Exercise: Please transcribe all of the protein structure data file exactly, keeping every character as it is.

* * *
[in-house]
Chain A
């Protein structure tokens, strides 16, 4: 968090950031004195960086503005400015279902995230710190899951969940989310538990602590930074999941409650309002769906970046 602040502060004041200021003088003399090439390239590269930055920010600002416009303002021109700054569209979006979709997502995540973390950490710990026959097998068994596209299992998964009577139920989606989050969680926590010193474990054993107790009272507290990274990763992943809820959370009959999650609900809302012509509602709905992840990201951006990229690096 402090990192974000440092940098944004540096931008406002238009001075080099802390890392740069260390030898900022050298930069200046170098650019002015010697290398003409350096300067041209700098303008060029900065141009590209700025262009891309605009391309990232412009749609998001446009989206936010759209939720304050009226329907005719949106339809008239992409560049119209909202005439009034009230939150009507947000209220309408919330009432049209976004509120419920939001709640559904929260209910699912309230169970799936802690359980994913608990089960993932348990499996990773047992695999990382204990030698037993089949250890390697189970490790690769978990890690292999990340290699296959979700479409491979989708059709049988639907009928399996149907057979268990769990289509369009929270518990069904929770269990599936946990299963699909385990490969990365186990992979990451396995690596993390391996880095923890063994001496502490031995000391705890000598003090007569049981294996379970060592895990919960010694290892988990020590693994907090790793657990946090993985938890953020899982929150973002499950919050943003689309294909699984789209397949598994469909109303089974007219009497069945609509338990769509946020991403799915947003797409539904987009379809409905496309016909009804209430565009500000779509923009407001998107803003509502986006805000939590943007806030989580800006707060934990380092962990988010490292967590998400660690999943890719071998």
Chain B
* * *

[in-house]
Chain A
């Protein structure tokens, strides 16, 4: 968090950031004195960086503005400015279902995230710190899951969940989310538990602590930074999941409650309002769906970046 602040502060004041200021003088003399090439390239590269930055920010600002416009303002021109700054569209979006979709997502995540973390950490710990026959097998068994596209299992998964009577139920989606989050969680926590010193474990054993107790009272507290990274990763992943809820959370009959999650609900809302012509509602709905992840990201951006990229690096 402090990192974000440092940098944004540096931008406002238009001075080099802390890392740069260390030898900022050298930069200046170098650019002015010697290398003409350096300067041209700098303008060029900065141009590209700025262009891309605009391309990232412009749609998001446009989206936010759209939720304050009226329907005719949106339809008239992409560049119209909202005439009034009230939150009507947000209220309408919330009432049209976004509120419920939001709640559904929260209910699912309230169970799936802690359980994913608990089960993932348990499996990773047992695999990382204990030698037993089949250890390697189970490790690769978990890690292999990340290699296959979700479409491979989708059709049988639907009928399996149907057979268990769990289509369009929270518990069904929770269990599936946990299963699909385990490969990365186990992979990451396995690596993390391996880095923890063994001496502490031995000391705890000598003090007569049981294996379970060592895990919960010694290892988990020590693994907090790793657990946090993985938890953020899982929150973002499950919050943003689309294909699984789209397949598994469909109303089974007219009497069945609509338990769509946020991403799915947003797409539904987009379809409905496309016909009804209430565009500000779509923009407001998107803003509502986006805000939590943007806030989580800006707060934990380092962990988010490292967590998400660690999943890719071998």
Chain B